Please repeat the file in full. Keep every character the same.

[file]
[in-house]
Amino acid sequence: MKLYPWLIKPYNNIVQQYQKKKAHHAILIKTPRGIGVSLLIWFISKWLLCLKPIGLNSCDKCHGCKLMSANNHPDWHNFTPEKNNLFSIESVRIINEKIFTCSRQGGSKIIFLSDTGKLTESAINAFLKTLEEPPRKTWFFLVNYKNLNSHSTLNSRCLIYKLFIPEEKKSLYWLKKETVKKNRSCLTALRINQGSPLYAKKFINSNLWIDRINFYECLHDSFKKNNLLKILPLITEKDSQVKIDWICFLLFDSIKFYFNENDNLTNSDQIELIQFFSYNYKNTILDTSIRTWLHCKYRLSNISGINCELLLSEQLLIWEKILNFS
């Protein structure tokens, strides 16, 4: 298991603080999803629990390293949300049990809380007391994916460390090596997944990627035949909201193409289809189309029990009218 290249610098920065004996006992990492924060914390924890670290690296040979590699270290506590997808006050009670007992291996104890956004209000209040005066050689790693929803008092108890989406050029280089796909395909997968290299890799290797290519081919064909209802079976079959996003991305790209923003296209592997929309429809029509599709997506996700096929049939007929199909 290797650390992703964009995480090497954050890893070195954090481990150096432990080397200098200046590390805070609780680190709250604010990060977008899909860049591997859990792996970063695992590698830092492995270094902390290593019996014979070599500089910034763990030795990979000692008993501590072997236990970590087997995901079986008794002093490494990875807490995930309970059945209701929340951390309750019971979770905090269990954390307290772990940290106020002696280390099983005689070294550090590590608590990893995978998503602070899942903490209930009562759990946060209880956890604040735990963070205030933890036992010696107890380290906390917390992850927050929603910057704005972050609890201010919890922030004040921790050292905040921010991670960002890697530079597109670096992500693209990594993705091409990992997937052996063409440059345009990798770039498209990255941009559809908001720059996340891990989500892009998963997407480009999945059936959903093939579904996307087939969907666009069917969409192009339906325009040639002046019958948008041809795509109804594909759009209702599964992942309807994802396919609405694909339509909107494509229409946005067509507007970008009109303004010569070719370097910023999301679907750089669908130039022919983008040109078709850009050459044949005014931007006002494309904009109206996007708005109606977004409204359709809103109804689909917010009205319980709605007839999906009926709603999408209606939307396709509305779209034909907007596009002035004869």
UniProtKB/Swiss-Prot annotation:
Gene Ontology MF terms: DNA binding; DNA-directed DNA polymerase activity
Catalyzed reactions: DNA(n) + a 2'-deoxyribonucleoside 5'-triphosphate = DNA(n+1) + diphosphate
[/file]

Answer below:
[in-house]
Amino acid sequence: MKLYPWLIKPYNNIVQQYQKKKAHHAILIKTPRGIGVSLLIWFISKWLLCLKPIGLNSCDKCHGCKLMSANNHPDWHNFTPEKNNLFSIESVRIINEKIFTCSRQGGSKIIFLSDTGKLTESAINAFLKTLEEPPRKTWFFLVNYKNLNSHSTLNSRCLIYKLFIPEEKKSLYWLKKETVKKNRSCLTALRINQGSPLYAKKFINSNLWIDRINFYECLHDSFKKNNLLKILPLITEKDSQVKIDWICFLLFDSIKFYFNENDNLTNSDQIELIQFFSYNYKNTILDTSIRTWLHCKYRLSNISGINCELLLSEQLLIWEKILNFS
């Protein structure tokens, strides 16, 4: 298991603080999803629990390293949300049990809380007391994916460390090596997944990627035949909201193409289809189309029990009218 290249610098920065004996006992990492924060914390924890670290690296040979590699270290506590997808006050009670007992291996104890956004209000209040005066050689790693929803008092108890989406050029280089796909395909997968290299890799290797290519081919064909209802079976079959996003991305790209923003296209592997929309429809029509599709997506996700096929049939007929199909 290797650390992703964009995480090497954050890893070195954090481990150096432990080397200098200046590390805070609780680190709250604010990060977008899909860049591997859990792996970063695992590698830092492995270094902390290593019996014979070599500089910034763990030795990979000692008993501590072997236990970590087997995901079986008794002093490494990875807490995930309970059945209701929340951390309750019971979770905090269990954390307290772990940290106020002696280390099983005689070294550090590590608590990893995978998503602070899942903490209930009562759990946060209880956890604040735990963070205030933890036992010696107890380290906390917390992850927050929603910057704005972050609890201010919890922030004040921790050292905040921010991670960002890697530079597109670096992500693209990594993705091409990992997937052996063409440059345009990798770039498209990255941009559809908001720059996340891990989500892009998963997407480009999945059936959903093939579904996307087939969907666009069917969409192009339906325009040639002046019958948008041809795509109804594909759009209702599964992942309807994802396919609405694909339509909107494509229409946005067509507007970008009109303004010569070719370097910023999301679907750089669908130039022919983008040109078709850009050459044949005014931007006002494309904009109206996007708005109606977004409204359709809103109804689909917010009205319980709605007839999906009926709603999408209606939307396709509305779209034909907007596009002035004869």
UniProtKB/Swiss-Prot annotation:
Gene Ontology MF terms: DNA binding; DNA-directed DNA polymerase activity
Catalyzed reactions: DNA(n) + a 2'-deoxyribonucleoside 5'-triphosphate = DNA(n+1) + diphosphate